The Eastern Hall (II). In this hall there is a visible seam that runs the width of the vault which is indicative of several phases of construction. This hall is extremely well preserved. It is complete for its entire length, except for the masonry stones that are missing at the top of the northern curtain wall and the core of the hall’s outer northeastern corner which is exposed and undermined. In 1994 this chamber underwent conservation treatment that included the completion of missing stonework and the pointing up of the joints.
The Central Hall (III). Most of the barrel vault was destroyed to its base. There is an opening in its northern side that leads an earlier complex of water cisterns.
The Western Hall (IV). This hall was also destroyed to its foundations; its floor is covered with collapse and alluvium.
On either side of the vaulted building and beneath it are the foundation courses of a fortification from an earlier phase of the fortress. The remains include a pair of massive towers and a wall that connects them, all of which are in a very poor state of preservation. Northeast of the vaulted building were discerned the remains of a small square structure in which there is an opening to a water cistern. Besides these there are numerous water cisterns (at least eight) scattered in the area of the fortress, some of which are filled with water year round; however, none of the cisterns were surveyed systematically. The water cisterns were used by the residents of Hunin village until the middle of the twentieth century.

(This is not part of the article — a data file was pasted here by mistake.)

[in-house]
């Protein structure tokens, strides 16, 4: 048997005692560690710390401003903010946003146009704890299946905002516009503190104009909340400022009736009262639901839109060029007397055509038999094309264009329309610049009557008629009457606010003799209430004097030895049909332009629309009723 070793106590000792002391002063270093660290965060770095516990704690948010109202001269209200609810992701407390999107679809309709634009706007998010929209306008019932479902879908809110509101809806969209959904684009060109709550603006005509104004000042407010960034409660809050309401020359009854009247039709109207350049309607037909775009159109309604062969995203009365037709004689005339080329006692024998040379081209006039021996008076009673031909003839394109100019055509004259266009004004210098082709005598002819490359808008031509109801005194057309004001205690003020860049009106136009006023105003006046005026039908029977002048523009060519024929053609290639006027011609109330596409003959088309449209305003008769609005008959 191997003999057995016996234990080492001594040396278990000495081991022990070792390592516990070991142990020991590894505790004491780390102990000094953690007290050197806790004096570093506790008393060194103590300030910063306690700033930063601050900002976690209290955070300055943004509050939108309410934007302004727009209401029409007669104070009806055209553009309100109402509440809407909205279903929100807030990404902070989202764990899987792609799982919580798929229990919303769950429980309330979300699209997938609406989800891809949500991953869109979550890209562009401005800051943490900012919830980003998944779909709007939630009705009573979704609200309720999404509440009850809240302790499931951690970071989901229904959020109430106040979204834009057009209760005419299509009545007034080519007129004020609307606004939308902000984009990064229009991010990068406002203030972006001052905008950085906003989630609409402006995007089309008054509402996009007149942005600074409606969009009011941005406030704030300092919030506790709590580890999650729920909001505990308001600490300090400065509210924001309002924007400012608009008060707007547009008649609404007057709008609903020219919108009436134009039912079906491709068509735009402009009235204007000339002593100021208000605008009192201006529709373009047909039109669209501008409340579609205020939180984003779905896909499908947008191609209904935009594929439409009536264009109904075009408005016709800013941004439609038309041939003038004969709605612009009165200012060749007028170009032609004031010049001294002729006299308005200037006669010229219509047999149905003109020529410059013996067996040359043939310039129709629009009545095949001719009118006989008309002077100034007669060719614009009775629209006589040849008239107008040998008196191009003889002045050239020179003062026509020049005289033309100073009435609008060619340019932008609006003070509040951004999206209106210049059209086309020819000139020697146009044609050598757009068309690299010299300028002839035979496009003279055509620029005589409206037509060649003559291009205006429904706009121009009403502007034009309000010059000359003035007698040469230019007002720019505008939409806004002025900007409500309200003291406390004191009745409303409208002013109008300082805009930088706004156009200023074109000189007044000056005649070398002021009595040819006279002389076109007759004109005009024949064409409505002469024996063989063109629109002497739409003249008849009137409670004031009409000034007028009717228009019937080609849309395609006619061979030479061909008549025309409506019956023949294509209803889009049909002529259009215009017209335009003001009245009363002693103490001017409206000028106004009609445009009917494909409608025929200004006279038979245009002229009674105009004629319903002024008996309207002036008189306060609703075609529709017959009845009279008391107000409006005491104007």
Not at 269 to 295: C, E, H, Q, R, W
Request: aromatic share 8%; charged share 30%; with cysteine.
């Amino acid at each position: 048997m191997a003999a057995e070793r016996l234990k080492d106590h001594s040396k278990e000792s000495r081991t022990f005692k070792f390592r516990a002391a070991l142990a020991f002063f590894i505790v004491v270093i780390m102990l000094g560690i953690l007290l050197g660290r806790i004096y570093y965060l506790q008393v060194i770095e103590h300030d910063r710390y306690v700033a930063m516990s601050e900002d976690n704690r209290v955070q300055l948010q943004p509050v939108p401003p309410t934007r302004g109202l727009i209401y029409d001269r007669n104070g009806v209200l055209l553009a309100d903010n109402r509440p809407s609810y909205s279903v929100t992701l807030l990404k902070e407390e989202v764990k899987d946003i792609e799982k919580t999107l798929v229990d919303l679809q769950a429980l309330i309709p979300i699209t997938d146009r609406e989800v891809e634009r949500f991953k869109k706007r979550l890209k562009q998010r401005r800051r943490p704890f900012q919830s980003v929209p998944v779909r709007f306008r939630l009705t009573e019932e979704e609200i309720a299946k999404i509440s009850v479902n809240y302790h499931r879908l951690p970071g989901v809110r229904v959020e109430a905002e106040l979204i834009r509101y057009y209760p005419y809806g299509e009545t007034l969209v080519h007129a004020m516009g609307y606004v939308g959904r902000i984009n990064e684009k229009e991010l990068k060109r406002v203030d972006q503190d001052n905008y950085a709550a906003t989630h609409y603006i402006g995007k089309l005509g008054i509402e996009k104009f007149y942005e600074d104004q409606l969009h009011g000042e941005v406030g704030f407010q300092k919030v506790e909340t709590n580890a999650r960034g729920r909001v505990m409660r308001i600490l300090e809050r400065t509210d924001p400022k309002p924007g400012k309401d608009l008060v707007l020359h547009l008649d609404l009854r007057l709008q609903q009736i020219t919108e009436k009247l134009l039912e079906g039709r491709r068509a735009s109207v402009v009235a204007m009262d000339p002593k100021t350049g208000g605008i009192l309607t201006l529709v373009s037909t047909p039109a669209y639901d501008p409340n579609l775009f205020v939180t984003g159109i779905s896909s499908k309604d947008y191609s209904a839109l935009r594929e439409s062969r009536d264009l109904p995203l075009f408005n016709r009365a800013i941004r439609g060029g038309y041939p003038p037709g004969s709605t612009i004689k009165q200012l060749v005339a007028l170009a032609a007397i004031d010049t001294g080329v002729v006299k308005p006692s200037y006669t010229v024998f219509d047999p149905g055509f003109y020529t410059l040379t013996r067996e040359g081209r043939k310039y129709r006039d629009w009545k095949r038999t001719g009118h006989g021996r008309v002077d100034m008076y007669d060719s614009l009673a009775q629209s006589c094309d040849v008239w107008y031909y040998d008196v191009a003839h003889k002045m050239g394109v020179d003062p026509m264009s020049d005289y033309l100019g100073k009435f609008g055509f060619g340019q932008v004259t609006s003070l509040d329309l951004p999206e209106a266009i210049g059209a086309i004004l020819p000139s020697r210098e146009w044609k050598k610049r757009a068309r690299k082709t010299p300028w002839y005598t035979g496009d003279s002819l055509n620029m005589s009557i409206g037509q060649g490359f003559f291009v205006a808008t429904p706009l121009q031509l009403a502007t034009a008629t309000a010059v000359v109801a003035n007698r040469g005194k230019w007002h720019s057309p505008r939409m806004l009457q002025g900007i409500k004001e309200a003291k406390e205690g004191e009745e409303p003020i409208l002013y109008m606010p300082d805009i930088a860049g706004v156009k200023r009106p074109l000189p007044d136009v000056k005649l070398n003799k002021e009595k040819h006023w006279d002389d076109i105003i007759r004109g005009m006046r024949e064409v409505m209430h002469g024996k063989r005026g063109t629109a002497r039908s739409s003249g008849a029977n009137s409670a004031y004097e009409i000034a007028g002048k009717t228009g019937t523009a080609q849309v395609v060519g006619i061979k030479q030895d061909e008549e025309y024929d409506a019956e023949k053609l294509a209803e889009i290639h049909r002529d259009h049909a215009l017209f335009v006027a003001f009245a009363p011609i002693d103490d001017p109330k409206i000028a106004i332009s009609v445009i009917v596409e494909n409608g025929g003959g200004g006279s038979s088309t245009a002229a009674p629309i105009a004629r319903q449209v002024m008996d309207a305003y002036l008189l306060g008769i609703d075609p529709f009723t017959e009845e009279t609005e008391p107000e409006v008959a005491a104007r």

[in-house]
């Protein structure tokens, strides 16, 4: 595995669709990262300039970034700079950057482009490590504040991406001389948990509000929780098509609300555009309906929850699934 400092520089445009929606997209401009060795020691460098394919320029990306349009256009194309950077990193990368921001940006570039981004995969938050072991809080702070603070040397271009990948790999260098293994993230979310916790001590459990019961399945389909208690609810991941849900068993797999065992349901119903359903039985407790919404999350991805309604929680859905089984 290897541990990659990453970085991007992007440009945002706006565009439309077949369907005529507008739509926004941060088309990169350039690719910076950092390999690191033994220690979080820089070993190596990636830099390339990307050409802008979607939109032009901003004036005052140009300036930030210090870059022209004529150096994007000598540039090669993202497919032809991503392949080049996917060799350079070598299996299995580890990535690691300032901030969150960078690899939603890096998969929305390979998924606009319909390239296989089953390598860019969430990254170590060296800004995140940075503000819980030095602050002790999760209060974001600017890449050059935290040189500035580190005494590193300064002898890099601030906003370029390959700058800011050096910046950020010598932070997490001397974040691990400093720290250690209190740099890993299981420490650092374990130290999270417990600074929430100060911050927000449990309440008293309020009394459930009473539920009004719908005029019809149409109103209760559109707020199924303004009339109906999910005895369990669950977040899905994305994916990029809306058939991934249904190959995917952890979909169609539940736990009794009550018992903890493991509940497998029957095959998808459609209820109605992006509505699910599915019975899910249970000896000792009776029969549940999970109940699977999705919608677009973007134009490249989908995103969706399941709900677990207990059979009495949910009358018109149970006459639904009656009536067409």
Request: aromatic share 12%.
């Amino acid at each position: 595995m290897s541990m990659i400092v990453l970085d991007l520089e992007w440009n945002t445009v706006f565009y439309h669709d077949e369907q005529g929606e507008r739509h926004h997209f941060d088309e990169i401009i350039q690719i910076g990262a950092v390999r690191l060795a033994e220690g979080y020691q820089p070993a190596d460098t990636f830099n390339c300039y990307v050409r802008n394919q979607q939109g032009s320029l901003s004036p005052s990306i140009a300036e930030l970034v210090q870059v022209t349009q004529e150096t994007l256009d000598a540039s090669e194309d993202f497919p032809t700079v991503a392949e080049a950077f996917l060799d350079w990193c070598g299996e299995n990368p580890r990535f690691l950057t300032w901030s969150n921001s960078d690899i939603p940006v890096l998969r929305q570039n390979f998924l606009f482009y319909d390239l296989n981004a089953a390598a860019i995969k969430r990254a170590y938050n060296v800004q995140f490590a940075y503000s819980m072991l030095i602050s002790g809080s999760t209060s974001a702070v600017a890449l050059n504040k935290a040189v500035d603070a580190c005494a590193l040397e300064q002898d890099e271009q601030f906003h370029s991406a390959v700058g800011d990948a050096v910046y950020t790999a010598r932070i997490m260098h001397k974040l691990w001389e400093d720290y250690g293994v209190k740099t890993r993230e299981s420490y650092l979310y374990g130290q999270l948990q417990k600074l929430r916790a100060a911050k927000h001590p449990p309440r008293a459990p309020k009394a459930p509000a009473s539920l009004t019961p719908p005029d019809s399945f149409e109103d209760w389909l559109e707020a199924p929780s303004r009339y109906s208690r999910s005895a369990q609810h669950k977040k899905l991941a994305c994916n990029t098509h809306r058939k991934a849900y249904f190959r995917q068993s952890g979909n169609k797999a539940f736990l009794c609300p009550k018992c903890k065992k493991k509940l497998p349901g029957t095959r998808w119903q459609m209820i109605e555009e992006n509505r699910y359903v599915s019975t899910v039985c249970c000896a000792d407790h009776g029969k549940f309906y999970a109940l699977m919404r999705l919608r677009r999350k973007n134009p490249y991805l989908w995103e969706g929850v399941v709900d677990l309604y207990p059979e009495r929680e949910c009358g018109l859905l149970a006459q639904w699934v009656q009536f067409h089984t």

The fortress is surrounded by a deep, rock-hewn moat that probably dates to the later phase of the fortress. Today there are only c. 3,800 square meters of moat that are visible because the approach road to Moshav Margaliot was built on the eastern side of the moat and its southern side is probably partly blocked. Evidence of an earlier presence such as rock-cuttings, caves and water cisterns were documented along the moat. Today the inside of the moat is a natural habitat for a rich variety of flora such as fig, oak and pistachio trees.
Some of the fortress’s vaults collapsed in the winter of 1994. As a result of this a team from the Conservation Department of the Israel Antiquities Authority under the direction of the late Yossi Broida carried out conservation work there. At the same time archaeological excavations, on behalf of the Antiquities Authority and directed by Iden Shaked, were conducted around and inside the vaulted halls.